“We few, we happy few, we band of brothers;/For he to-day that sheds his blood with me,/Shall be my brother…”–King Henry before the battle of Agincourt, Henry V by William Shakespeare.
While many hockey fans might not be familiar with this quote from one of William Shakespeare’s plays, it marks a great speech made by a young English king to an army that had all the odds going against it, in a word–adversity.
They were tested.
Landing in France with 12,000 men, by the time they reached the day at Agincourt, a field barely the size of a modern-day football field, they had dwindled to 5,900 mostly due to disease. On the day of battle, the English were outnumbered nearly 4:1 by the French army that stood between 20,000 and 30,000 strong. At the end of the day, the English were victorious, having lost only 112 men to France’s losses of between 7,000 and 10,000.
How did they do it? They played to their strengths and they kept it simple. To learn more, one need only go read the play or Google the battle, but fast-forward about 600 or so years to Wednesday night’s game against the Washington Capitals at Mellon Arena.
The opening minutes of the game did not look good for the Penguins as one of the most bizarre chain of events led to a stinging goal past the de-weaponed Marc-Andre Fleury by the dreaded Alex Ovechkin. The faces of the white-clad fans drained of enough blood to match their shirts and towels. It could have been the beginning of the end. The Penguins had been there before, last season, two weeks ago, all year…name the time.
But these were the Penguins, the Cardiac Kids who last year didn’t seem to know that they weren’t supposed to make it to the Stanley Cup finals, two games shy of the coveted cup of Lord Stanley, their grail. They sailed through the rounds until they hit adversity in the form of the Detroit Red Wings.
This year, they struggled through a lack-lustre season, but refused to give up, somehow found a way to keep themselves within reach though the odds were stacked against them (maybe 4:1). They entered the playoff standings better than bottom of the barrel and met adversity early in the form of the Philadelphia Flyers.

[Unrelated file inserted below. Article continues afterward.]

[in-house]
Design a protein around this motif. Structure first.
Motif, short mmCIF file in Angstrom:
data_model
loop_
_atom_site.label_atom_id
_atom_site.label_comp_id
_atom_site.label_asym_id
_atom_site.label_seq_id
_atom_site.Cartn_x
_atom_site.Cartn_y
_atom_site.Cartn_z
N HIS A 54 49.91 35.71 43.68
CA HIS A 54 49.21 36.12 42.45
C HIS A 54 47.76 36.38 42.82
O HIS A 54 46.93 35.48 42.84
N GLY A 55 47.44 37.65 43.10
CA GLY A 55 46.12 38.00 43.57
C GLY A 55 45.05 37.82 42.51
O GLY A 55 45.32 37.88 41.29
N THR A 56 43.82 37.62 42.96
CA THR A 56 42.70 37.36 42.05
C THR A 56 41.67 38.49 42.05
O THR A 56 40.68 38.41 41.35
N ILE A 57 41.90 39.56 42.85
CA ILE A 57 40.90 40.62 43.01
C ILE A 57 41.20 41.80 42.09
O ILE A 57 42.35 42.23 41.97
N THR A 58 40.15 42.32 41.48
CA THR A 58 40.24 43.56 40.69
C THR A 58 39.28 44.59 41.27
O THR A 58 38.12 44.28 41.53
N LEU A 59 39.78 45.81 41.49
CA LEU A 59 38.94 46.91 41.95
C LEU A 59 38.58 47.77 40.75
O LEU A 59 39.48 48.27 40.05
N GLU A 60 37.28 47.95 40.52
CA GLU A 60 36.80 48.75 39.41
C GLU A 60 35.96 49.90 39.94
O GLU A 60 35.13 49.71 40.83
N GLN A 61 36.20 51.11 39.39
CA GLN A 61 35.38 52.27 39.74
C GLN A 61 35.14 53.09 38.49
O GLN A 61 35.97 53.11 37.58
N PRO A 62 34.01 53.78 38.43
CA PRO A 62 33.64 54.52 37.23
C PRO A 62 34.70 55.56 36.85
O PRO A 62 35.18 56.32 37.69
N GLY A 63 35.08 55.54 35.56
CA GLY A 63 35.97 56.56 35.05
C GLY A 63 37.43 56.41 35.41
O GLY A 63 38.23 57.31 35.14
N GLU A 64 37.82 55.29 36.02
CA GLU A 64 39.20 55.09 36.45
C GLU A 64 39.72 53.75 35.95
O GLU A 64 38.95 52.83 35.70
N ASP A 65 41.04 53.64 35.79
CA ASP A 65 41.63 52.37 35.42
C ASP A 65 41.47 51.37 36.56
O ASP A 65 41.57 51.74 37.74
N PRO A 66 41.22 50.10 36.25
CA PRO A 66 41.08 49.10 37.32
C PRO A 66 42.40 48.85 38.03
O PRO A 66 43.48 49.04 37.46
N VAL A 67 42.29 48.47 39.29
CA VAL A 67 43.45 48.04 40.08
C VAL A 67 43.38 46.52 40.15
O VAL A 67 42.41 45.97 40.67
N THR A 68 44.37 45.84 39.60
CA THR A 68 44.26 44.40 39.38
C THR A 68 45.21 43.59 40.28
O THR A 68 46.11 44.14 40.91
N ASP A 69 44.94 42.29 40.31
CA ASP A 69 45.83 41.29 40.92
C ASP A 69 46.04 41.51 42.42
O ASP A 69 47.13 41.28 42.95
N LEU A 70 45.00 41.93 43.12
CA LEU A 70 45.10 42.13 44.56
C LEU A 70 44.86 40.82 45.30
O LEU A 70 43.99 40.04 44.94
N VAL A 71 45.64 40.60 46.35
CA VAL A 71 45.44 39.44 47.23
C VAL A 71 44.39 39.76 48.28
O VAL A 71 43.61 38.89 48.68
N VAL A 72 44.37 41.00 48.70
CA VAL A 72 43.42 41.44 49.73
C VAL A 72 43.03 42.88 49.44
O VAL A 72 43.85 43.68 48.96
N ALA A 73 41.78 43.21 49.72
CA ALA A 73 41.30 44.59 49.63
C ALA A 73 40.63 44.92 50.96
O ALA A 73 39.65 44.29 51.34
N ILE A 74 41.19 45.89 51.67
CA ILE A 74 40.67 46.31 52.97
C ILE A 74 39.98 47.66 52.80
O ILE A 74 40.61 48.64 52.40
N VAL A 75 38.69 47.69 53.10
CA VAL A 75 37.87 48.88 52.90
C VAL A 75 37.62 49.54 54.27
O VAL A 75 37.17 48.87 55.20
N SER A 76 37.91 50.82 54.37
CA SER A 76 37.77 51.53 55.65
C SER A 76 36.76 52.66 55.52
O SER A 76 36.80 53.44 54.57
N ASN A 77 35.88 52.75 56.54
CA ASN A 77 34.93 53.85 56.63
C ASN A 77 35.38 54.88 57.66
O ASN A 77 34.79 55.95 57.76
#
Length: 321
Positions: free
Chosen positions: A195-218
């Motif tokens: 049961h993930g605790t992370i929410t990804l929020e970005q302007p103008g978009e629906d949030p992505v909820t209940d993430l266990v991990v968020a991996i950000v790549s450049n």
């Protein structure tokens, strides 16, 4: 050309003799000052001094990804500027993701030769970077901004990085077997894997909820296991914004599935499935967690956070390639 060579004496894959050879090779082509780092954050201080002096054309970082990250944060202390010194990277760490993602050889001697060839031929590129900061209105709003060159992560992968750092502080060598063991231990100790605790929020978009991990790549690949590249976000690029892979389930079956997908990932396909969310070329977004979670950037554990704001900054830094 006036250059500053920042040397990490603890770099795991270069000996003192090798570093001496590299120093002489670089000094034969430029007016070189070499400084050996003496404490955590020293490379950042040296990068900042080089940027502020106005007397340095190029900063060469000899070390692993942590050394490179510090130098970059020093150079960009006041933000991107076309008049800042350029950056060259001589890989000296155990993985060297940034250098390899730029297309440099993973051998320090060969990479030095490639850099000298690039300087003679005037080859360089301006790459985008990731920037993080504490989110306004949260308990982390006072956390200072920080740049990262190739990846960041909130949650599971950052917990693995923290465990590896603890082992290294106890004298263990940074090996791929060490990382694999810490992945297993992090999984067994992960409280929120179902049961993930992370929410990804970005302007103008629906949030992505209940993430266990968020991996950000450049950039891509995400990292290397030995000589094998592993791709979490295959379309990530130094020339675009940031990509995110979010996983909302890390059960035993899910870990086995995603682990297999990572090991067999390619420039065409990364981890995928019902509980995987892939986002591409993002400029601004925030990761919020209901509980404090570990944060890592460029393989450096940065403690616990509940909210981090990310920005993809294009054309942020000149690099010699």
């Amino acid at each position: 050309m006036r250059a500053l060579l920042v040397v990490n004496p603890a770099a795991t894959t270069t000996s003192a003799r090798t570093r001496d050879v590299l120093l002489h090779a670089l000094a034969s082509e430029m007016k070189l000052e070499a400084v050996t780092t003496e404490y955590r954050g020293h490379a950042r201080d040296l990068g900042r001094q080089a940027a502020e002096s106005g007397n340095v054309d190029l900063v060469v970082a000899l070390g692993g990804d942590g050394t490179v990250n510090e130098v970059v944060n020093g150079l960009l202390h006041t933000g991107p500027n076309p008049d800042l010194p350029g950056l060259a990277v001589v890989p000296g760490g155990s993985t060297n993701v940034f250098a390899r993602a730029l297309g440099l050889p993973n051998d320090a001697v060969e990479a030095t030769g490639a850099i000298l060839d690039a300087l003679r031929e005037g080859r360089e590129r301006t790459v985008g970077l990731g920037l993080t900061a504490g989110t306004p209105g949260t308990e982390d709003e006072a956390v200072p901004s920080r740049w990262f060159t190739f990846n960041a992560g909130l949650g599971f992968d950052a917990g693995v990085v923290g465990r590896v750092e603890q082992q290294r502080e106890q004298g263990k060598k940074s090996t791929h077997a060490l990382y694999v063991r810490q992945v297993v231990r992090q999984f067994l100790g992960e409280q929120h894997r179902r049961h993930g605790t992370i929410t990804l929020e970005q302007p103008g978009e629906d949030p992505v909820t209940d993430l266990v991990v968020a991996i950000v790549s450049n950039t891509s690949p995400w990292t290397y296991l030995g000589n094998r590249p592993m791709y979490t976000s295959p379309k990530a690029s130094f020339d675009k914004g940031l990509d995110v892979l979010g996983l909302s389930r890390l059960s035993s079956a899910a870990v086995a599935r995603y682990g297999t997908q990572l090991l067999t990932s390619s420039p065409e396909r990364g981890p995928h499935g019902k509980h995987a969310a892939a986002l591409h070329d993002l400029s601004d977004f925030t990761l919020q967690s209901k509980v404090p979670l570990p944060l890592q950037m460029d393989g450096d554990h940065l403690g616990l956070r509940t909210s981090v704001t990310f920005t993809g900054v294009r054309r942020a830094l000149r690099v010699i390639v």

And they banded together under their newly-crowned Henry V. They kept it simple. They played to their strengths and tried to minimize and improve upon their weaknesses. The Caps came out swinging, and they hung with them in games that could have gone either way.
They were a little wounded with players like Evgeni Malkin, Jordan Staal, Ruslan Fedotenko, Tyler Kennedy, Pascal Depuis, and Chris Kunitz struggling to score, but they still fought to have an impact, to make a contribution, any contribution to help the team win. It paid off for Malkin spurred on by an inspired Maxime Talbot. The rest, encouraged, continue to persevere.
Their time will come.
If any team represents the spirit of sport, of the concept of team, of the sheer will to never quit no matter how bad it is or how dire it seems, it is the Pittsburgh Penguins. Time and again, unsung heroes have stepped up and made the difference. In this game, it was Ruslan Fedotenko and Kris Letang. Leaders have led and coaches have marshalled their troops to keep morale high and desire strong. They have carried themselves in a way that would make any parent of a young athlete proud to point to these players as role models, ambassadors of the game.
In listening to the interviews of the various Penguins players over the past several days, one thing is glaringly evident: there is a calm (not cocky) confidence. There is a belief in the words they are saying, something that is not usually the hallmark of the general interview where all the right catch-phrases are used in all the right places in a well-rehearsed tone.
But look on the bench. Their heads are up. They are alert, attentive, engaged, focused. Even when a player’s performance seems underwhelming to the average fan, it pays to look at the entire picture. From stars to 4th liners, they encourage each other and bolster each other. They back each other up, and they stand up for each other. They don’t shout at each other on the bench for not getting the puck enough. They don’t pull faces of taunting buffoonery, full of disrespect.
The entire picture shows what’s beyond the stats and what makes the stats possible–the players who struggle to score racing for pucks, trying again and again, getting physical, playing defense, working hard, fighting to win draws and clear pucks. The reward is that eventual goal or the helper that got them the win. Game 3 was as much a team win from a band of brothers who have grown together, struggled together and emerged all the stronger for it.
That’s what the Pittsburgh Penguins have.
That’s what gets Lord Stanley’s Cup.